I HEARD THE O'BANNON LAWSUIT WAS TERRIBLE FOR THE NCAA. The short answer: kind of. Yes, Judge Wilken came down hard on the NCAA, but she didn't come down as hard on them as she could've, most notably in setting a limit of $5,000 on player stipends. Of course, this is ignoring two key points:

- The NCAA needed to get publicly embarrassed to allow for 24-hour meal service for athletes, which also means....

- ...the NCAA isn't settling for anything less than absolute victory, which means appeals processes ahoy. There's a decent chance this case makes it all the way to the top.

In theory that number can be adjusted upwards later via either more lawsuits or collective bargaining.

Anecdotally, $5,000 plus full cost of attendance should cover most everything an athlete's going to run across on campus, although there's an awkward on-campus housing/off-campus housing question I don't know the answer to (basically, does full cost of attendance cover off-campus housing?).

Again, appeals processes matter here at least as far as timing goes, and since revenue streams aren't going down as long as interest in college sports is going up, the money's there.

WHAT ABOUT KESSLER? Similar to O'Bannon's case with the exception of allowing players to set market values for their rates. I don't think this is structured like free agency is at professional levels, but I also confess to not knowing the details here. What I do know: Kessler isn't seeking a financial settlement, and this case will be appealed to the end of time if it goes the same way for the NCAA that the O'Bannon case did. Stay informed with this, but realistically it'll be a while.

SO YOU KIND OF STOPPED TALKING ABOUT TENNESSEE FOR A WHILE THERE. I did, you're right. Let's tie this back to Tennessee: Tennessee has the financial means to handle even significant changes to athlete compensation, largely through restructuring debt service payments. There won't be significant changes to anything the next couple of years, which-if revenue sources do what they're supposed to do-means Tennessee can at worst get out ahead of their debt service payments a bit or replenish their badly-depleted cash reserve fund.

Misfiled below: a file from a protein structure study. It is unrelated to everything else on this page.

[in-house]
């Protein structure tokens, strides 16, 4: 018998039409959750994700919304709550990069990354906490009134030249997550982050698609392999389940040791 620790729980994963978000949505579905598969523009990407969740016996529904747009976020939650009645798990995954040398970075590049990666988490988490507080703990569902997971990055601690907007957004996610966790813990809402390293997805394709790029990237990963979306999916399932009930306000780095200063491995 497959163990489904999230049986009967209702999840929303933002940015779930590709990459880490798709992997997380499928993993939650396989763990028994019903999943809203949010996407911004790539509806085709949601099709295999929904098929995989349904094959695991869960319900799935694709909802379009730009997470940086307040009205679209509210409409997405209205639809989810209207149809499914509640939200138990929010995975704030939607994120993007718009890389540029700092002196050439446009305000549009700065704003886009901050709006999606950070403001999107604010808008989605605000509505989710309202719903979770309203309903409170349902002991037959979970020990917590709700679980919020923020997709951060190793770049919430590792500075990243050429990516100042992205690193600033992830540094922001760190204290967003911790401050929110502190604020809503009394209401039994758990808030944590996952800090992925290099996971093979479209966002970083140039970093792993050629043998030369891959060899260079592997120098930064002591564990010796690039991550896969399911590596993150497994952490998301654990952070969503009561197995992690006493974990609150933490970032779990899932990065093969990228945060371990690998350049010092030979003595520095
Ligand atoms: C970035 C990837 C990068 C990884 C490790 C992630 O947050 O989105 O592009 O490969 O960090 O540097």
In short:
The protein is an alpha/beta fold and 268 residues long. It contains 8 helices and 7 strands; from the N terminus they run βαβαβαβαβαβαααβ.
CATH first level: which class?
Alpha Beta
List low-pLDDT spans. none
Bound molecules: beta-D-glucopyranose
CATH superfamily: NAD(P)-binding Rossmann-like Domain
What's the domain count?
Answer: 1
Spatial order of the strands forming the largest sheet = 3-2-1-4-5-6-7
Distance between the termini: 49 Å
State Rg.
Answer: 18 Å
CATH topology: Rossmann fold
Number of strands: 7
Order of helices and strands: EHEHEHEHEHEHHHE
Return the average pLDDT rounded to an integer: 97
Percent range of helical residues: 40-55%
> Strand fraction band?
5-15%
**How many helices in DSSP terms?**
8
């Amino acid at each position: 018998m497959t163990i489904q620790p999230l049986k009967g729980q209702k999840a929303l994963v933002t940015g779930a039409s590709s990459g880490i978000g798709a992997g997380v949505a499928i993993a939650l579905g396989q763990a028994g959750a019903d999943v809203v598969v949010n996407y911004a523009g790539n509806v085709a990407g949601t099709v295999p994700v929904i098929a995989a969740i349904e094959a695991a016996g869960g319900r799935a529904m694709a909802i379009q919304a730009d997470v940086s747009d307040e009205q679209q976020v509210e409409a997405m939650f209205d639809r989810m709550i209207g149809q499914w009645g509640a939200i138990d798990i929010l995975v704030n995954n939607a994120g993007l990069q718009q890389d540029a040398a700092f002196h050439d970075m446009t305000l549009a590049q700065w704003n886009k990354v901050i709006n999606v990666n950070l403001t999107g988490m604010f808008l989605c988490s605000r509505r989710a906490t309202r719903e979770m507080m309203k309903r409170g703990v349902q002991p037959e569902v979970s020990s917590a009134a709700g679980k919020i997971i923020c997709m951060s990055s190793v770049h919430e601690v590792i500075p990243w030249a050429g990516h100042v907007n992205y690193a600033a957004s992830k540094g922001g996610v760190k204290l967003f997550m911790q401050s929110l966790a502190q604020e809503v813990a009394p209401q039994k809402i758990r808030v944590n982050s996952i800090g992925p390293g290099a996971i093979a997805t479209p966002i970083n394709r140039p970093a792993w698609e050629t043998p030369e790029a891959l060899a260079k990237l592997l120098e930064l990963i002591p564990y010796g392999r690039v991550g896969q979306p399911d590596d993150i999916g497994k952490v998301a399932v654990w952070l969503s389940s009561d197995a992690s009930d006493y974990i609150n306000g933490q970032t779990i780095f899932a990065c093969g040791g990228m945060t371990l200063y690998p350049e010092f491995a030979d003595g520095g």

The presence of the SEC Network will at worst be an increase in cash intake from TV revenue alone; any changes in payments made out from either Power 5 or lawsuit arrangements should be more than handled by increases in revenue.

Longer-term, increased expenses may slow down the athletic department arms race, but any increased athlete expenses will at worst apply to the Power 5 conferences equally, meaning everyone slows down. Whether you like that or not is probably a matter of personal preference, and I'm assuming the only revenue source that will increase in the next few years is from TV revenue. That's likely not the case, though.

WHAT ABOUT OTHER REVENUE SOURCES? Well, there's an easy way to increase revenue: field a better football team. No, seriously; this is basically Alabama's athletic department model, and it works; they had a $27,000,000 profit last year. Not that you need another reason to want Tennessee to do well in football, but winning goes a long way towards generating more revenue, which can do the useful stuff like we've been talking about above.

Who knows: maybe if the football team even wins enough they can actually start helping the academic side out again.


Go Vols.